I’ve seen only a handful of bobcats in my life, most of them in or around Point Reyes and the Marin Headlands. My one East Bay encounter was about a decade ago, while heading out to Briones Regional Park on a spring morning. The cat was crossing Bear Creek Road near the reservoir, not being in a particular hurry about it. The first reaction in such sightings tends to be “funny-looking dog,” and then you notice the pointed ears and the abbreviated tail. -more-


Column: Actions We Can Take to Protect our Democracy

By Bob Burnett
Friday May 05, 2006

President Bush’s job approval ratings continue to plummet, as increasing numbers of Americans recognize that the administration has no capacity to deal with the critical issues that confront America. Nonetheless, many citizens despair of the prospects of changing America’s course, so long as George Bush is president. They ask, “What can we do?” to restore democracy to the United States. -more-


Column: Undercurrents: Race and Gender in the Oakland Mayoral Race

by J. Douglas Allen-Tayor
Friday May 05, 2006

In an odd passage that perhaps reveals more about his own thoughts than it does about the campaign itself, San Francisco Chronicle staff writer Christopher Heredia gives his version of what Oakland voters may do in the upcoming mayoral race (“Oakland mayor rivals each woo voters in own particular ways,” April 30). -more-


East Bay: Then and Now: When Ratcliff Was City Architect

By Daniella Thompson
Friday May 05, 2006

City architect in Berkeley? Like the farms, this office is a thing of the past. The position existed for only eight years—from 1913 to 1921—and was occupied by a single person: Walter Harris Ratcliff, Jr. (1881–1973). -more-


About the House: Whether or Not to Shut Off The Gas

By Matt Cantor
Friday May 05, 2006

I was speaking as a guest of my friend Howard at a local senior center the other day when a fellow stood up and told me that he did not agree with my position on the very contentious issue of whether to turn your gas off in your house after an earthquake. -more-


Garden Variety: Finding Spring Flower Resources At Annie’s

By Ron Sullivan
Friday May 05, 2006

A sunny morning spent at Annie’s Annuals and Perennials is worth the trip to Richmond, and a good way to celebrate the belated arrival of spring. -more-


Arts & Events

Arts Calendar

Tuesday May 09, 2006

TUESDAY, MAY 9 -more-


Arts: Subterranean Shakespeare Takes on ‘Richard III’

By Ken Bulock Special to the Planet
Tuesday May 09, 2006

“Now is the Winter of our Discontent,” rings out offstage, as silent Lady Anne (Tiffany Harrison) has laid at the audience’s feet the first of many forlorn coats that signify their absent—and murdered—wearers, and Subterranean Shakespeare’s production of The Bard’s Richard III gets underway at the Berkeley Art Center. -more-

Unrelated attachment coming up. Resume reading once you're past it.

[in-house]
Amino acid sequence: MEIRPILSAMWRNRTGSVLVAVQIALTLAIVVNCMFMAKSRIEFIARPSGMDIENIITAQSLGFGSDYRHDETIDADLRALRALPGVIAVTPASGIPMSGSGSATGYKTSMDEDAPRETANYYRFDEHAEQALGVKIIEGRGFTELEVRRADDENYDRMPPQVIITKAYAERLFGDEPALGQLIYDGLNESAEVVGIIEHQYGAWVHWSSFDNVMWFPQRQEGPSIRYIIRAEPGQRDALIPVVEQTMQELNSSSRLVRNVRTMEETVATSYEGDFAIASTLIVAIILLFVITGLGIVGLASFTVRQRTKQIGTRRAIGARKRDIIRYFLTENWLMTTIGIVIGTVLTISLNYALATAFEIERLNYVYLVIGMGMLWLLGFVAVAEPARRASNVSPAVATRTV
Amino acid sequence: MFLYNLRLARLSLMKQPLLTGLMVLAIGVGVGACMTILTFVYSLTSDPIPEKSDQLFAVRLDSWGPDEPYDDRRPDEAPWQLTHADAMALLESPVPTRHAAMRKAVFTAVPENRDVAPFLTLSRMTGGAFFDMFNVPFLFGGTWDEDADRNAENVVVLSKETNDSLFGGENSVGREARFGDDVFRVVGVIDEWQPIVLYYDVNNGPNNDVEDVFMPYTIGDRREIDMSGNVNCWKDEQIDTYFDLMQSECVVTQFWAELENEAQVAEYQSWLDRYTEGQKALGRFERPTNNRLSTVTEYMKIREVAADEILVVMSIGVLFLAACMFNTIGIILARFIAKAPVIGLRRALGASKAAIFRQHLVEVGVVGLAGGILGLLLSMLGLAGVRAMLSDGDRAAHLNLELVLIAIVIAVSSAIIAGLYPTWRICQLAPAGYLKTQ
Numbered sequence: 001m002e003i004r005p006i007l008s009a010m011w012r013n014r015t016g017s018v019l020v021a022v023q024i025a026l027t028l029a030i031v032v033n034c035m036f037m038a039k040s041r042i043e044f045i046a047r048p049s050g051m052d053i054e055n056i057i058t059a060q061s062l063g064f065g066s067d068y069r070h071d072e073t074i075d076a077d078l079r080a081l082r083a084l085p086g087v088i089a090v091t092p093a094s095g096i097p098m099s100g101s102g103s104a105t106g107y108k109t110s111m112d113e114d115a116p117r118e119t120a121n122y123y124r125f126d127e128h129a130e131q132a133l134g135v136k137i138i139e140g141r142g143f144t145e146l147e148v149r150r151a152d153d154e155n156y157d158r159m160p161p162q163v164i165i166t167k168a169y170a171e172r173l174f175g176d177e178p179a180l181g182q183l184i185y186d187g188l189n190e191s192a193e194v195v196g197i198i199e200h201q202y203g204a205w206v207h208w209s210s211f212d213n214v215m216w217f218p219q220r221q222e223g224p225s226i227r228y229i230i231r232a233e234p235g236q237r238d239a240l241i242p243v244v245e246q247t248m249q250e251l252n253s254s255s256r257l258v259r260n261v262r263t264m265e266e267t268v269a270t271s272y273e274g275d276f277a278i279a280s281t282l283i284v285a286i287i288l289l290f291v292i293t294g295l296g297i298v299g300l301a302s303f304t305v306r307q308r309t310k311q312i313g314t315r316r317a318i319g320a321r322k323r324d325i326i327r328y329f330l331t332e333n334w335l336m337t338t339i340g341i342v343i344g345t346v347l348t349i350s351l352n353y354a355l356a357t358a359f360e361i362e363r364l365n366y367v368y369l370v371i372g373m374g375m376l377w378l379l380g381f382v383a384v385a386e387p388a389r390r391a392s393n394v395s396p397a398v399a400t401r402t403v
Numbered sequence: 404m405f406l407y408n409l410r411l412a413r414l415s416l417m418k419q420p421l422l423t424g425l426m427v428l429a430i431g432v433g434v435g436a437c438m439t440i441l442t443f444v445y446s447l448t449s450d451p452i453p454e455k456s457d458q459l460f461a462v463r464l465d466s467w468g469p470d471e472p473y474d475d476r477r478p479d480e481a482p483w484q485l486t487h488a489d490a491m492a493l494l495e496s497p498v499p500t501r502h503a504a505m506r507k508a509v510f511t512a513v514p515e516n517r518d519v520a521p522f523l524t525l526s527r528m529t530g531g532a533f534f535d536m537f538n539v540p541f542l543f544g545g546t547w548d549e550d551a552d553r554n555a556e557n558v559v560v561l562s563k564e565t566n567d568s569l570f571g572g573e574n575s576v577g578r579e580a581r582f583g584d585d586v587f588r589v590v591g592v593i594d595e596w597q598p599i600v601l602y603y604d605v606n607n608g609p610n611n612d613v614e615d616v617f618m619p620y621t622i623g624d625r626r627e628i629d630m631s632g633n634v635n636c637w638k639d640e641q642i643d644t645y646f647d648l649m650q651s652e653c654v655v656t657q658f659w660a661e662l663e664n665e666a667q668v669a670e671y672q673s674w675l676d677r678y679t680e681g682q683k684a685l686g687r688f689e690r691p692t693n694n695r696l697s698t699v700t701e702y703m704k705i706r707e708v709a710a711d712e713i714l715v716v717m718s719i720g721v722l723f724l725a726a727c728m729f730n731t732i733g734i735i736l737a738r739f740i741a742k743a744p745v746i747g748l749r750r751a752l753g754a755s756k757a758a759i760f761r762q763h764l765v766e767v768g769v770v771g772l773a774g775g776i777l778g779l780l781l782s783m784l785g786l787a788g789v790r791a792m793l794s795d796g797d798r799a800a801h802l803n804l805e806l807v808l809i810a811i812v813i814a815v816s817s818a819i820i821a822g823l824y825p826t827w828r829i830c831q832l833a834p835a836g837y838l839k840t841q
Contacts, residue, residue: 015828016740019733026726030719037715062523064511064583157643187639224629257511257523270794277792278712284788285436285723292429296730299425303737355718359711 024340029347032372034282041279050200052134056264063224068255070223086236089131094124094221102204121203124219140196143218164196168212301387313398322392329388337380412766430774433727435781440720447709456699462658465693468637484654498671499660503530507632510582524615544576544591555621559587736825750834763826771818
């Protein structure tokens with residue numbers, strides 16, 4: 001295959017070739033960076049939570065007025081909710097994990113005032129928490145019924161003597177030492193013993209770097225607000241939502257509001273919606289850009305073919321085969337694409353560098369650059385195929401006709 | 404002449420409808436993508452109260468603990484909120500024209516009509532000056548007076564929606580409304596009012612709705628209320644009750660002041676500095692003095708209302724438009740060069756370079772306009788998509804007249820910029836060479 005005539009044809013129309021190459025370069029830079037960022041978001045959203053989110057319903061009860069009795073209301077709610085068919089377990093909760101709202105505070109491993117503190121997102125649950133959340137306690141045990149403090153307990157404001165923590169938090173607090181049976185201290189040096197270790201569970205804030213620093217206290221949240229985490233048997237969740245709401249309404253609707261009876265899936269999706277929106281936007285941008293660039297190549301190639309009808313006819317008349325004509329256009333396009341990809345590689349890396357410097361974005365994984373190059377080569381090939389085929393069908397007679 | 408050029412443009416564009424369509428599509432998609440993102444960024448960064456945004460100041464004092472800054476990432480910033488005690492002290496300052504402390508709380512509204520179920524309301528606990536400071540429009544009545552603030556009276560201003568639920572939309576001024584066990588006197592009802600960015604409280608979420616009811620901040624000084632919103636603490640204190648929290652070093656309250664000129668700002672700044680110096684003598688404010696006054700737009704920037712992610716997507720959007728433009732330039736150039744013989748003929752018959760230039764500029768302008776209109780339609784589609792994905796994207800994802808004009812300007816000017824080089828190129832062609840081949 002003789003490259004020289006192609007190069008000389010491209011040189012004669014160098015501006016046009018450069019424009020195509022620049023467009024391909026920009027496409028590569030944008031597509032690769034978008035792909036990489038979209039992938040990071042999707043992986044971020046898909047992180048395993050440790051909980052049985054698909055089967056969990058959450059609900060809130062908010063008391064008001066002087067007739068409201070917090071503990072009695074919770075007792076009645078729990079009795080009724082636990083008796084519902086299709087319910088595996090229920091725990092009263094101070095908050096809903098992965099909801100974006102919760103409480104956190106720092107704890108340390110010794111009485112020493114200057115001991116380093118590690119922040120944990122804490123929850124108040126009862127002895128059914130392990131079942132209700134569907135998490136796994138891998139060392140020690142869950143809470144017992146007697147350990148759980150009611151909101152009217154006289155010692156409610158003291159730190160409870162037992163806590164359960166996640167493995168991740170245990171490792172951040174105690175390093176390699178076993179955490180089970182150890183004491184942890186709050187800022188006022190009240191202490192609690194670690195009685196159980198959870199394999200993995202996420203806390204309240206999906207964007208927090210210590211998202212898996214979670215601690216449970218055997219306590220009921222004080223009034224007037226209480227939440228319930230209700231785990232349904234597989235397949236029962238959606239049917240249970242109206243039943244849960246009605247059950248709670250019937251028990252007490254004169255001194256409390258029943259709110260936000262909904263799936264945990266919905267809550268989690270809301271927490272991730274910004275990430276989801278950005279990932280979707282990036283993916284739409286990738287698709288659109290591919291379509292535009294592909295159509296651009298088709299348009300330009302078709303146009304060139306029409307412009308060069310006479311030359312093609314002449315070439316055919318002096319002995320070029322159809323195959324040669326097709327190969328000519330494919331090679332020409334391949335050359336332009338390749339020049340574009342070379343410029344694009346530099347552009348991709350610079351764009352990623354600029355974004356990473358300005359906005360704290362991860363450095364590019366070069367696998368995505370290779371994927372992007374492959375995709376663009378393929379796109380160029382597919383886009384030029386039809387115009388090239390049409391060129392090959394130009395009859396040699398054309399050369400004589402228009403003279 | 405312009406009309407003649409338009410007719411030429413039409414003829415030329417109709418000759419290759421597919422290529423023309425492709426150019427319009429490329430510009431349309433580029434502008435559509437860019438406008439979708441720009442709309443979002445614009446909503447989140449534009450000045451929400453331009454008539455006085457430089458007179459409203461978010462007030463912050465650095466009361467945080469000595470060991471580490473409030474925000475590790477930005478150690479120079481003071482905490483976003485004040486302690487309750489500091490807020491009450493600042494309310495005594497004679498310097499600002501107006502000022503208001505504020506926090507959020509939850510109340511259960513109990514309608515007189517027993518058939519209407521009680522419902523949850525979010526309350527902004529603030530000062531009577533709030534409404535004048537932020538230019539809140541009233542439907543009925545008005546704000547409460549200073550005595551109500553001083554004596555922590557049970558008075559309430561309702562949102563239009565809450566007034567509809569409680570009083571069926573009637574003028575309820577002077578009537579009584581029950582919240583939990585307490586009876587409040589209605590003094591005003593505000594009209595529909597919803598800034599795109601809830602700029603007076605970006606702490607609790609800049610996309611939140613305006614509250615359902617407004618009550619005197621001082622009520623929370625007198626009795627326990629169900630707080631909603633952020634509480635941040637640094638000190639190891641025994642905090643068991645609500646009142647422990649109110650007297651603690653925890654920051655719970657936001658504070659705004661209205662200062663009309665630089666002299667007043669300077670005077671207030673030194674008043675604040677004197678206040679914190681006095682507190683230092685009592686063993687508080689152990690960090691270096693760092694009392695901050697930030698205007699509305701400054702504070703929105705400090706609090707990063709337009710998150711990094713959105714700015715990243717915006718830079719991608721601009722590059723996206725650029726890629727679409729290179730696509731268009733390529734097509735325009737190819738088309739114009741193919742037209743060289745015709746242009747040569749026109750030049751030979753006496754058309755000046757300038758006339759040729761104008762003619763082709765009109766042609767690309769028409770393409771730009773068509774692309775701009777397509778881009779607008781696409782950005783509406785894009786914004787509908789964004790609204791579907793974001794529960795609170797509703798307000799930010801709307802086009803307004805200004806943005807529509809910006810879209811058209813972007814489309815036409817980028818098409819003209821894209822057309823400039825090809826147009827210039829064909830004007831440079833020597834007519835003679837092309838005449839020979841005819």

Wildfire and Freeways: Why Did the Bobcat Cross the Road?

By Joe Eaton Special to the Planet
Tuesday May 09, 2006

I’ve seen only a handful of bobcats in my life, most of them in or around Point Reyes and the Marin Headlands. My one East Bay encounter was about a decade ago, while heading out to Briones Regional Park on a spring morning. The cat was crossing Bear Creek Road near the reservoir, not being in a particular hurry about it. The first reaction in such sightings tends to be “funny-looking dog,” and then you notice the pointed ears and the abbreviated tail. -more-


Berkeley This Week

Tuesday May 09, 2006

TUESDAY, MAY 9 -more-


Arts Calendar

Friday May 05, 2006

FRIDAY, MAY 5 -more-


Arts: Jimbo Trout, Toshio Hirano Play the Twang Cafe

By Justin DeFreitas
Friday May 05, 2006

Jimbo Trout and the Fishpeople will be the headliners this Sunday at the Twang Café, an ongoing Americana music series held monthly at Epic Arts on Ashby Avenue. The series, produced and hosted by Berkeley resident Tom Wegner, is held on the first Sunday of every month and features an array of Bay Area folk and bluegrass artists in a casual and intimate venue. Toshio Hirano and Jacob & Harry round out this month’s bill. -more-


Arts: Moving Pictures: Long-Neglected British Masterpiece Returns to the Screen

By Justin DeFreitas
Friday May 05, 2006

British director Carol Reed’s reputation rests almost exclusively on his 1949 noir classic The Third Man, and if that were the only movie he ever made his reputation would be secure. But as great as that film is, it is not Reed’s only masterpiece. -more-


Arts: ‘Berkeley Treasures’ Spotlights Three Local Artists

By Dorothy Bryant Special to the Planet
Friday May 05, 2006

Last week an artist friend returned from her annual visit to New York looking depressed. -more-


East Bay: Then and Now: When Ratcliff Was City Architect

By Daniella Thompson
Friday May 05, 2006

City architect in Berkeley? Like the farms, this office is a thing of the past. The position existed for only eight years—from 1913 to 1921—and was occupied by a single person: Walter Harris Ratcliff, Jr. (1881–1973). -more-


About the House: Whether or Not to Shut Off The Gas

By Matt Cantor
Friday May 05, 2006

I was speaking as a guest of my friend Howard at a local senior center the other day when a fellow stood up and told me that he did not agree with my position on the very contentious issue of whether to turn your gas off in your house after an earthquake. -more-


Garden Variety: Finding Spring Flower Resources At Annie’s

By Ron Sullivan
Friday May 05, 2006

A sunny morning spent at Annie’s Annuals and Perennials is worth the trip to Richmond, and a good way to celebrate the belated arrival of spring. -more-


Berkeley This Week

Friday May 05, 2006

FRIDAY, MAY 5 -more-